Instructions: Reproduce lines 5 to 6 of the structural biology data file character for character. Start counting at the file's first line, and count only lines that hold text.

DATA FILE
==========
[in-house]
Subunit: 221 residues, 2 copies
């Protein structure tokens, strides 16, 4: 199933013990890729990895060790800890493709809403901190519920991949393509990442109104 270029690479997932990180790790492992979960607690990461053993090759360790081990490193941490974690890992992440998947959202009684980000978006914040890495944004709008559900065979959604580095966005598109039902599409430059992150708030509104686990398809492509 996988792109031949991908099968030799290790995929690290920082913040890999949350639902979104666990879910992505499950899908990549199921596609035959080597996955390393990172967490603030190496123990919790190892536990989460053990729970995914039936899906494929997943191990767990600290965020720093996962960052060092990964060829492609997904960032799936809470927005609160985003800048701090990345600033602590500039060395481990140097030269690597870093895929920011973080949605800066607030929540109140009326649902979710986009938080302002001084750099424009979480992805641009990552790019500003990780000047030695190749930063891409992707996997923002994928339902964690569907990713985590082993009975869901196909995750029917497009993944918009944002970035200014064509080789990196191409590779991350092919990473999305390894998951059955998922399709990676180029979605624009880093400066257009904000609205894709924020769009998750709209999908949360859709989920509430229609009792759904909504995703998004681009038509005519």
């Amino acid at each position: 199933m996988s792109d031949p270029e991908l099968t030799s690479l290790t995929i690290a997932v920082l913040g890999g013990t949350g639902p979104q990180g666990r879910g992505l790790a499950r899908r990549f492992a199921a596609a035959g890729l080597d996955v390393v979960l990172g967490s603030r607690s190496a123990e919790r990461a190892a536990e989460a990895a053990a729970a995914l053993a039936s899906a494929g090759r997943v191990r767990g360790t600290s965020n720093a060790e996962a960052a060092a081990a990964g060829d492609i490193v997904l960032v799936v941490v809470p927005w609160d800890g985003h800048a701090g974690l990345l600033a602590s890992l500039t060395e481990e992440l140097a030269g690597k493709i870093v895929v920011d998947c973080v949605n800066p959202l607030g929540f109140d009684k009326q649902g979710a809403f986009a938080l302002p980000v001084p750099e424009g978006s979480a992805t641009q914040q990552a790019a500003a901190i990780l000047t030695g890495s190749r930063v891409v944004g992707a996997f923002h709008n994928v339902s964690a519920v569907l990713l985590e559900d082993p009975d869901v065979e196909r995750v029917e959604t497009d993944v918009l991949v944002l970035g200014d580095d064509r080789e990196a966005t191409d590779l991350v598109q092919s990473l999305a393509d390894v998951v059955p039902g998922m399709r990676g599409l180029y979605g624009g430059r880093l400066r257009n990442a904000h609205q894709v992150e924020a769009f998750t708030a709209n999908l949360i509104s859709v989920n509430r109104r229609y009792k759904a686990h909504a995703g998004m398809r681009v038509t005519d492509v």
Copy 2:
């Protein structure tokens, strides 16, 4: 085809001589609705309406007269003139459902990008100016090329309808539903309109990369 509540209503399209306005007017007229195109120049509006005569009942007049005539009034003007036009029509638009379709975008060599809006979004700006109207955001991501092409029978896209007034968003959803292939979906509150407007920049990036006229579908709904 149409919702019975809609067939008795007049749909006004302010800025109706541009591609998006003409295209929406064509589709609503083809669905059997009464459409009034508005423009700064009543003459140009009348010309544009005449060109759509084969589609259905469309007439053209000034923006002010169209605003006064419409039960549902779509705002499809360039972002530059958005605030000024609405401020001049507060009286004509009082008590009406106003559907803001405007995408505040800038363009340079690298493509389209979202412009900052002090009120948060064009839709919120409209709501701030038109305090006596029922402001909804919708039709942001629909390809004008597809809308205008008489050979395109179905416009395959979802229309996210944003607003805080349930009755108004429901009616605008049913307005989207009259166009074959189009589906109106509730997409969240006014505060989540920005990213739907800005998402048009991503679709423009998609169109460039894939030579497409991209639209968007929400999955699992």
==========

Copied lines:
Copy 2:
């Protein structure tokens, strides 16, 4: 085809001589609705309406007269003139459902990008100016090329309808539903309109990369 509540209503399209306005007017007229195109120049509006005569009942007049005539009034003007036009029509638009379709975008060599809006979004700006109207955001991501092409029978896209007034968003959803292939979906509150407007920049990036006229579908709904 149409919702019975809609067939008795007049749909006004302010800025109706541009591609998006003409295209929406064509589709609503083809669905059997009464459409009034508005423009700064009543003459140009009348010309544009005449060109759509084969589609259905469309007439053209000034923006002010169209605003006064419409039960549902779509705002499809360039972002530059958005605030000024609405401020001049507060009286004509009082008590009406106003559907803001405007995408505040800038363009340079690298493509389209979202412009900052002090009120948060064009839709919120409209709501701030038109305090006596029922402001909804919708039709942001629909390809004008597809809308205008008489050979395109179905416009395959979802229309996210944003607003805080349930009755108004429901009616605008049913307005989207009259166009074959189009589906109106509730997409969240006014505060989540920005990213739907800005998402048009991503679709423009998609169109460039894939030579497409991209639209968007929400999955699992």